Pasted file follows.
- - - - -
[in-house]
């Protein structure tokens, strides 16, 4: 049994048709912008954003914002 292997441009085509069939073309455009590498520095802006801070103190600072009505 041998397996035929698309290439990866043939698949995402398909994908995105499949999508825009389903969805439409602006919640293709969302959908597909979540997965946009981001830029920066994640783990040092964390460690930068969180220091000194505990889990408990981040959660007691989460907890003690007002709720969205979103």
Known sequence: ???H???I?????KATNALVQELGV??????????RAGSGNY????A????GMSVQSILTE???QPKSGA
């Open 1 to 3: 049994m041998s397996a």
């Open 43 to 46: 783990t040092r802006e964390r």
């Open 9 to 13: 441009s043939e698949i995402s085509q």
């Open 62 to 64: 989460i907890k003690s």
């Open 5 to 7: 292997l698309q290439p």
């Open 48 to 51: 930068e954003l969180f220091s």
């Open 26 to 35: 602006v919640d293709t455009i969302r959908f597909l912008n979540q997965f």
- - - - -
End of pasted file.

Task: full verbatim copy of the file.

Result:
[in-house]
């Protein structure tokens, strides 16, 4: 049994048709912008954003914002 292997441009085509069939073309455009590498520095802006801070103190600072009505 041998397996035929698309290439990866043939698949995402398909994908995105499949999508825009389903969805439409602006919640293709969302959908597909979540997965946009981001830029920066994640783990040092964390460690930068969180220091000194505990889990408990981040959660007691989460907890003690007002709720969205979103």
Known sequence: ???H???I?????KATNALVQELGV??????????RAGSGNY????A????GMSVQSILTE???QPKSGA
């Open 1 to 3: 049994m041998s397996a």
């Open 43 to 46: 783990t040092r802006e964390r």
């Open 9 to 13: 441009s043939e698949i995402s085509q």
């Open 62 to 64: 989460i907890k003690s």
């Open 5 to 7: 292997l698309q290439p």
């Open 48 to 51: 930068e954003l969180f220091s």
């Open 26 to 35: 602006v919640d293709t455009i969302r959908f597909l912008n979540q997965f």